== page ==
Blogging the Bookshelf

Blogging my bookshelf – one book at a time

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"The Corrections", Jonathan Franzen

June 15th, 2009 · No Comments · Literature

correctionsSynopsis: As the aging patriarch slips into dementia, a Midwestern family prepares to gather for ‘one last christmas’ in the parents small home town of ‘St Jude’ (The patron Saint of lost causes). Familial pathos and melodrama is writ large.

My Take: I loved this book and I wasn’t alone. It was a massive best seller and won every award under the sun when it was first released in 2001.

In ‘The Corrections’ Franzen achieves the rare feat of writing a long (700+ pages) and serious work of literature that rewards close-reading and reflection, but doesn’t require it. Indeed, when I read this book, I enjoyed it so much that I tore through it – gulping down the rich and sharply drawn character back stories as fast as I could swallow them. Franzen’s five protagonists are a delight. The former railway engineer and patriarch Alfred. The mid-western house-wife and bundle of neurosis, Enid. The eldest son, banker and depressed family man Gary. The middle son, a pathetic, critical theory academic, Chip (I especially appreciated his sad quoting from Habermas and Adorno). And the emotionally intense but confused, successful chef, Denise. The actions of each of these protagonists are largely caricatured – and their entertainment value at the surface level flows from this skillful comedy.

However, underneath the amusing facade, Franzen constructs a serious and engaging work of literature. ‘The Corrections’ is truly an American epic. Each of the characters embodies the great conflicts and tensions of modern America. By examining the neuroses of each of the characters in tightly over-lapping detail, Franzen is able to trace the causes and the interdependences of the pathos of American society. In this sense, Franzen’s insight into the modern American dilemma is made even more extra-ordinary by virtue of the fact that this book was written barely a year into the Bush administration and before the September 11 attacks. Franzen is so skilled at burrowing to the core of the long arc of the perversities of modern America that instead of being superceded by the trauma of the Bush years, ‘The Corrections’ seems to foreshadow them. Very impressive.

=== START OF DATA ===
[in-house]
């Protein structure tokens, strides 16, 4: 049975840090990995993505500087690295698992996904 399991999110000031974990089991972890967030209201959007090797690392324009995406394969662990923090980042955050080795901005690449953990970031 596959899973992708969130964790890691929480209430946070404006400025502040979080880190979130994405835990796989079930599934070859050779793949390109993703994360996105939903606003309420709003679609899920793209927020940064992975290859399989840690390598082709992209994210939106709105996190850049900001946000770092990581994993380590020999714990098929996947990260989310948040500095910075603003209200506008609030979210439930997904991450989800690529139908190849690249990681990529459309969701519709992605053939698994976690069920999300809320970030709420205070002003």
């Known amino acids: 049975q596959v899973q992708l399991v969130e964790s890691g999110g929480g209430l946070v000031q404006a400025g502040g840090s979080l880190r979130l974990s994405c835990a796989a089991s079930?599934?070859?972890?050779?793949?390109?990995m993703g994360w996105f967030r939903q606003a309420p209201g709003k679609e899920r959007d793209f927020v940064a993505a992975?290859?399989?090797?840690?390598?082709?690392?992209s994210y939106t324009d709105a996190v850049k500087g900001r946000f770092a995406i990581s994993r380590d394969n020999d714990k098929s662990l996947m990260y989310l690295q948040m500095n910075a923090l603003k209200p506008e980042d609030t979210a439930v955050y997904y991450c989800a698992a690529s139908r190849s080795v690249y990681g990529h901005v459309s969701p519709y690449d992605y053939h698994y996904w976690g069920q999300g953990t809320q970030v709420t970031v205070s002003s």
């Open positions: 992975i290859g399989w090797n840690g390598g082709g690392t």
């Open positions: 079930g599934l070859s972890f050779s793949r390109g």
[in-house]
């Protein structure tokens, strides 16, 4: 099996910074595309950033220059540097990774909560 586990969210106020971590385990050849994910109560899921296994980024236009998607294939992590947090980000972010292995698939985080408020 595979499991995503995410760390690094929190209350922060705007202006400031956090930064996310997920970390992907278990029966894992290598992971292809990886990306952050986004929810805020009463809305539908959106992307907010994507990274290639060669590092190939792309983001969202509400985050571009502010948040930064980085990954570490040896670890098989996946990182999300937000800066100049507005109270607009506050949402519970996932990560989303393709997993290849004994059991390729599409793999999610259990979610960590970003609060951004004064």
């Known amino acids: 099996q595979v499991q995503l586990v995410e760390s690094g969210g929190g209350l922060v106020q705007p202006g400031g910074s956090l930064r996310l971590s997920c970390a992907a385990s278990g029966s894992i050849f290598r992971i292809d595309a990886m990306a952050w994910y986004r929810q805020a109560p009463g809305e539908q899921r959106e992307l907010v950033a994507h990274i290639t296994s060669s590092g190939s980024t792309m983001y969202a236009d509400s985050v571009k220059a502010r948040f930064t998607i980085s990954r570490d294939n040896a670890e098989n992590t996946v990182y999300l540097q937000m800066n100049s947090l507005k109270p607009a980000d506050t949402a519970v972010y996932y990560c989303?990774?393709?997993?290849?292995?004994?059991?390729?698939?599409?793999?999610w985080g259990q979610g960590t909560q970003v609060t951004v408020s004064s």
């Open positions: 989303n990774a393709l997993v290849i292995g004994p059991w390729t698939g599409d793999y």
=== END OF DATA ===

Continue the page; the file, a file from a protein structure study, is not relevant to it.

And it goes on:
Highlights: There are many:

The Universe was mechanistic: the father spoke, the son reacted.

From the Patriarch:

“Take it easy”. The phrase seemed to Alfred an eastern blight, a fitting epitaph for a once-great state, Ohio, that parasitic teamsters had sucked nearly dry. Nobody in St Jude would dare tell him to take it easy. On the high prairie where he’d grown up, a person who took it easy wasn’t much of a man. Now came a new effeminate generation for whom ‘easygoing’ was a compliment…. ‘take it easy’ was the watchword of these super friendly young men, the token of their over familiarity, the false reassurance that enabled them to ignore the filth they worked in.”

From the yuppie eldest son:

Gary in recent years had observed, with plate tectonically cumulative anxiety, that population was continuing to flow out of the Midwest and toward the cooler coasts…. Gary wished that all further migration [could] be banned and all Midwesterners encouraged to revert to eating pasty foods and wearing dowdy clothes and playing board games, in order that a strategic national reserve of cluelessness might be maintained, a wilderness of taste which would enable people of privilege, like himself, to feel extremely civilized in perpetuity.

And from the denouement:

The correction, when it finally came, was not an overnight bursting of a bubble but a much more gentle letdown, a year long leakage of value from key financial markets, a contraction too gradual to generate headlines and too predictable to seriously hurt anybody but fools and the working poor.